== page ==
11 Oct 2017

Hundreds missing, death toll climbs in California wildfires

7:40 am on 11 October 2017

Parts of California's wine region are being ravaged by fast-spreading fires that have killed more than a dozen people.

Fire consumes a barn as an out of control wildfire moves through Glen Ellen in California.

Fire consumes a barn as an out of control wildfire moves through Glen Ellen in California. Photo: AFP

A state of emergency was declared in northern areas after mass evacuations, with 1500 properties destroyed.

About 20,000 people fled from Napa, Sonoma and Yuba counties in response to some the state's worst-ever wildfires.

Such fires are more common in southern California but a combination of dry weather and strong winds has fuelled the destruction in the north.

"These fires have destroyed structures and continue to threaten thousands of homes, necessitating the evacuation of thousands of residents," Governor Jerry Brown said.

Mr Brown appealed to President Donald Trump in a five-page letter on Monday to declare a major disaster and send federal emergency aid to the fire-ravaged state.

Firefighters were working to take advantage of a drop in winds and expected layer of fog on Tuesday.

There is little sign the weather in the coming days will bring further relief to firefighters, BBC Weather said. More tinder-dry conditions were forecast, with no rain expected.

Meanwhile, in southern California, a separate wildfire burnt 24 homes or other buildings in the wealthy Anaheim Hills area of Orange County, forcing thousands of residents to evacuate.

 The remains of the fire damaged Signarello Estate in in Napa, California.

The remains of the fire damaged Signarello Estate in in Napa, California. Photo: AFP

Loss of life and damage

At least 15 fires have raged across nine California counties, sending smoke as far south as San Francisco, about 96km away.

Taken together, the fires were considered among the deadliest in state history.

A new fire is reportedly burning near the Oakmont area of Santa Rosa, a city that has already been devastated by the blazes.

Details of how the seven people died in Sonoma were not immediately available but country sheriff Rob Giordano said he expected the death toll to rise.

"There is a lot of burned homes and a lot of burned areas, so it's just logical that we're gonna find more people," he said.

Two people also died in Napa county and one in Mendocino county when thousands of acres burned in one valley.

Sonoma County officials said they have received more than 100 missing-person reports by late Monday.

Authorities said they have found a few of the missing persons but most of the reports were still under investigation, Sonoma County spokesman Scott Alonso said on Tuesday.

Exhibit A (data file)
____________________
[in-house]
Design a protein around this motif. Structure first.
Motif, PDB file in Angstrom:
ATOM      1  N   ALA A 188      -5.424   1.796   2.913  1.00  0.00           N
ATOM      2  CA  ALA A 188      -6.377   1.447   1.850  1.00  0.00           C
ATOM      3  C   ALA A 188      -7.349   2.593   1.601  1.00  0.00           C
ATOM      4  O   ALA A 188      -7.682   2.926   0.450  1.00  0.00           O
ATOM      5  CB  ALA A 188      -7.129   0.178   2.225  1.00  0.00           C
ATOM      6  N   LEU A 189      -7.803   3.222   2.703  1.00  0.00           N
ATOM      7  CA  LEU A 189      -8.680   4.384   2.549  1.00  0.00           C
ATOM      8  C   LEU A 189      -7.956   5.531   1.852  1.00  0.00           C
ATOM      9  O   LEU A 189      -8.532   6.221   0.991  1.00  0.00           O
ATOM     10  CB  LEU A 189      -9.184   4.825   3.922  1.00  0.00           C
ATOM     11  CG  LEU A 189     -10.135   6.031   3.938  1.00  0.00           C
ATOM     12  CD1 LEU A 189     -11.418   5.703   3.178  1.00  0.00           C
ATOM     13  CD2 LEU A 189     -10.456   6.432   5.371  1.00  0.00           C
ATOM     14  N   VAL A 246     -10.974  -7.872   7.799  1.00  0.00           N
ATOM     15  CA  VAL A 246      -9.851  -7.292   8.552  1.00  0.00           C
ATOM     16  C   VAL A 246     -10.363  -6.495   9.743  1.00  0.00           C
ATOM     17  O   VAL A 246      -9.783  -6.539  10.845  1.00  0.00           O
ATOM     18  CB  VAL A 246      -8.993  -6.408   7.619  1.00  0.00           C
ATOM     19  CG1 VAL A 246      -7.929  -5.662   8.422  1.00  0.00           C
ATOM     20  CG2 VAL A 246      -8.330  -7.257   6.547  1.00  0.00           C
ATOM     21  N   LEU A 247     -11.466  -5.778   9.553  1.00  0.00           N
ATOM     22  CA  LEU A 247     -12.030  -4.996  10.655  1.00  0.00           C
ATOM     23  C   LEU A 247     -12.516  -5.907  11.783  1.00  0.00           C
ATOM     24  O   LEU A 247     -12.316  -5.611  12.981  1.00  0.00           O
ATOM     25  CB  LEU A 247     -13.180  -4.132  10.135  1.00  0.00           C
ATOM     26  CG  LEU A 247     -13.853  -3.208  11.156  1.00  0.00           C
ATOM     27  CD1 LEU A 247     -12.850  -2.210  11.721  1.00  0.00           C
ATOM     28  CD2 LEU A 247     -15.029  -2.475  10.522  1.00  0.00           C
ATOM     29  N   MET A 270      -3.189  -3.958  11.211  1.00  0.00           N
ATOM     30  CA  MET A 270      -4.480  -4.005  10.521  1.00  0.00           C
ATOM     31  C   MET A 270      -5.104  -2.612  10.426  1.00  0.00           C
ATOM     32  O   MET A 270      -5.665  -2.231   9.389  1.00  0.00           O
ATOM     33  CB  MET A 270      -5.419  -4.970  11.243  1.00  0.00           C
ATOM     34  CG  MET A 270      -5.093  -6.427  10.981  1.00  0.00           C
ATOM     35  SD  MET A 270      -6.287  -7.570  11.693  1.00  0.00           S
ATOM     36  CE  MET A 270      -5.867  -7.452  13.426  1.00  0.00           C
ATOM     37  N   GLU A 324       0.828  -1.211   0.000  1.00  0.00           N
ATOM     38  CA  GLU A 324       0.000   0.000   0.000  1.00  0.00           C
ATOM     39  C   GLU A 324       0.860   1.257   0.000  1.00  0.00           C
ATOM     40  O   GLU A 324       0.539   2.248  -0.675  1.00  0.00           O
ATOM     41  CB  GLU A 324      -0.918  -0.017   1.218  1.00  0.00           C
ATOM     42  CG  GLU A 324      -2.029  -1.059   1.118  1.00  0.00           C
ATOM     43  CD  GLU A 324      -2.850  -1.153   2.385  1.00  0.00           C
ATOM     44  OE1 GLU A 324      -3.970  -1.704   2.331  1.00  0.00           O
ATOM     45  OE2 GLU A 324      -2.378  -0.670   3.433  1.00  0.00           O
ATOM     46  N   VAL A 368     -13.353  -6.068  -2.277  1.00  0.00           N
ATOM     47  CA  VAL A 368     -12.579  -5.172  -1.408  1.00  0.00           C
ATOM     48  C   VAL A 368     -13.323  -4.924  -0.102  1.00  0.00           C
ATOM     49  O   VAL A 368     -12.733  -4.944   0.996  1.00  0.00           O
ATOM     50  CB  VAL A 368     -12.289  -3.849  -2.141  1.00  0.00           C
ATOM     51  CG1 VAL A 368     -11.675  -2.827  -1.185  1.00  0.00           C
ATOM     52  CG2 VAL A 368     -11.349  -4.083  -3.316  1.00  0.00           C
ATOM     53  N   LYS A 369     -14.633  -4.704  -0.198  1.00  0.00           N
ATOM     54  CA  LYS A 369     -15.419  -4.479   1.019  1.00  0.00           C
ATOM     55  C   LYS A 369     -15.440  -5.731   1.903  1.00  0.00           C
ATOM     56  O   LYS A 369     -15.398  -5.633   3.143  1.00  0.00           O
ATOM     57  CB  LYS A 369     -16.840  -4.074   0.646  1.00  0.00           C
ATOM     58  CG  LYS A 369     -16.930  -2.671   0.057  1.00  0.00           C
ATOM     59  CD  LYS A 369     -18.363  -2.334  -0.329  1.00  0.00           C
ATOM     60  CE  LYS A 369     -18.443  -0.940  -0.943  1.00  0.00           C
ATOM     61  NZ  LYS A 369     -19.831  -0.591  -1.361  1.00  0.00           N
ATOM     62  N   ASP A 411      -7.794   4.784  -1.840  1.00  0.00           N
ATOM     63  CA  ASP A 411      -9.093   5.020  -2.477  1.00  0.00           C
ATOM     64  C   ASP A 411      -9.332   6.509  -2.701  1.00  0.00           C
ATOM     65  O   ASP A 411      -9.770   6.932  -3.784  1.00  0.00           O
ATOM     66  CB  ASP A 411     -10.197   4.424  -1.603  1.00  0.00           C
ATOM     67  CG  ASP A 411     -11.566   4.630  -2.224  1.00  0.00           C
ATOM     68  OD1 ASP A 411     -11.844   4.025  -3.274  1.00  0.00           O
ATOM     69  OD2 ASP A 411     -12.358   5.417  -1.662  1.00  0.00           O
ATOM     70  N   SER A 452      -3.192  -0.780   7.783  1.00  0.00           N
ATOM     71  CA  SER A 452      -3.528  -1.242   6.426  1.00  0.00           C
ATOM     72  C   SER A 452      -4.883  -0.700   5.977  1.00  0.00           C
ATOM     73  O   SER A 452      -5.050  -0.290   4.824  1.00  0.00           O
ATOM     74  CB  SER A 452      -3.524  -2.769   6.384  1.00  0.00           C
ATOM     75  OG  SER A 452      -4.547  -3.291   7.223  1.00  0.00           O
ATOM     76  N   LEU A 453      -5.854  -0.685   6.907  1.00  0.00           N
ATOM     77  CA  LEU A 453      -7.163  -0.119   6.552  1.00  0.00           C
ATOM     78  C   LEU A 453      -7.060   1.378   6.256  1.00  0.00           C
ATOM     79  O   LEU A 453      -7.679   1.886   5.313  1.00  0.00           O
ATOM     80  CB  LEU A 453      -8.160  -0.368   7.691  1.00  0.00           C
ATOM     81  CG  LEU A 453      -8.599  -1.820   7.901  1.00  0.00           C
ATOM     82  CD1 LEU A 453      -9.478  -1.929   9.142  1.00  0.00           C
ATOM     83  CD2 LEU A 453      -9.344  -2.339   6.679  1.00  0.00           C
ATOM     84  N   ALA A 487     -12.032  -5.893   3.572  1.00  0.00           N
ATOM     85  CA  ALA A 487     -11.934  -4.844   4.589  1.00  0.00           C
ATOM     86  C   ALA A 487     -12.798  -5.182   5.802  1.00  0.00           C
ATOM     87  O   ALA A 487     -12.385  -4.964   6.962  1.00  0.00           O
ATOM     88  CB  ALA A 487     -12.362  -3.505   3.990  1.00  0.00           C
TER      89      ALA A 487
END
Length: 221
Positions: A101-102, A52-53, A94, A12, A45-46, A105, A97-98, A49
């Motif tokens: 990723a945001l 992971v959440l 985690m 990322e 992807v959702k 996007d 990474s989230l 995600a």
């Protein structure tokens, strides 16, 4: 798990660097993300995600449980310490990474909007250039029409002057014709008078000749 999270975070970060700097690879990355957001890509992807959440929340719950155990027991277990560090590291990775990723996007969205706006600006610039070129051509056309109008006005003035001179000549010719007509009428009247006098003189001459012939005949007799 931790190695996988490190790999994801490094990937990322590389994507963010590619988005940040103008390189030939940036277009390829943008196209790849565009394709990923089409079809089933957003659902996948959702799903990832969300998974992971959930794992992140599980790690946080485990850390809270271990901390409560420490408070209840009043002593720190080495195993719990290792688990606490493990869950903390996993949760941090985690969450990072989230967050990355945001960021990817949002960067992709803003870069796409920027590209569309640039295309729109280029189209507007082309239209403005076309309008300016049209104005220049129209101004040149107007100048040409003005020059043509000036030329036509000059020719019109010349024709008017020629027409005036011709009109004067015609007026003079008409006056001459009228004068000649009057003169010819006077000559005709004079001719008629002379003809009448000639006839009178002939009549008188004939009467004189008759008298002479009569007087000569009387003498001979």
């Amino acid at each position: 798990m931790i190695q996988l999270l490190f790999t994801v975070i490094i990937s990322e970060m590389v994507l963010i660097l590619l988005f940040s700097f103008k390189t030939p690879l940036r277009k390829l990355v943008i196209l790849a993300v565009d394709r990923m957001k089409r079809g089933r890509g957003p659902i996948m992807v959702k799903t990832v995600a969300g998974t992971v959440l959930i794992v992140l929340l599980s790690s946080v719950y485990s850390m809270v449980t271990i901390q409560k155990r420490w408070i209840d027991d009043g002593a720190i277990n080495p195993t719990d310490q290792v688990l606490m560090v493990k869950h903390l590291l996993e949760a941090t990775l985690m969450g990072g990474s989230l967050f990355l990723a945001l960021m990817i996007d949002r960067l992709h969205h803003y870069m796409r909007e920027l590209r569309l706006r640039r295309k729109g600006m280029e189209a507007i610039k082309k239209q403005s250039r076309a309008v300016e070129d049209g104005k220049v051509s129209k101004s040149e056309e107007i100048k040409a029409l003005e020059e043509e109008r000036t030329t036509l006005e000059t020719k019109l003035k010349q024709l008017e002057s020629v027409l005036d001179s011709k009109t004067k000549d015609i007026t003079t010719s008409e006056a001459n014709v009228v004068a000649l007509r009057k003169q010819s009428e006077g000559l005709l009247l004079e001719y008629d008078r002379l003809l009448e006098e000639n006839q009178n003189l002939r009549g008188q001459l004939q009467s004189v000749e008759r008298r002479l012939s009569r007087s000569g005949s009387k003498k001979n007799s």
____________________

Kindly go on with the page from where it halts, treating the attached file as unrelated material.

Dozens of vineyard workers were reportedly airlifted to safety overnight.

Wineries belonging to the rich and famous were abandoned. One belonging to musician Dave Matthews was closed and at risk of being burned to the ground, staff said, as was the nearby Francis Ford Coppola Winery.

The vine harvest is already under way and many of the grapes have been picked.

Why did the fires spread so fast?

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A burned out car on the driveway of a smoldering home in the Napa. Photo: AFP

It is not yet known how the fires started on Sunday night but such blazes were particularly fast-spreading because of a combination of high winds, low humidity and hot, dry weather.

Wind gusts in excess of 80km/h were reported as 15 separate wildfires burnt across some 73,000 acres, the state fire service said.

Ken Moholt-Siebert, a vineyard owner who thought his property had probably been destroyed after he and his family escaped on Sunday night, described the suddenness of the disaster.

"There was no wind, then there would be a rush of wind and it would stop. Then there would be another gust from a different direction. The flames wrapped around us," he told the LA Times.

The fires come in a year of record-setting heat and persistent drought, according to the San Francisco Chronicle.

Why are these fires unusual?

The combination of conditions was more typical of southern California, the LA Times reports.

"This is exactly what you would expect in the Southern California fall fire season," Cal Fire director Ken Pimlott said.

Valerie Schropp, a resident of Santa Rosa, which was badly affected by the fire, told the BBC this was not something people expected.

"We have never seen anything like this before, it is such a fast-moving fire," she said.

"We have backpacks by the door. This is a city of 175,000. It's for earthquakes. This is big earthquake country. We don't expect fires to come into the city and burn at the rate they did."


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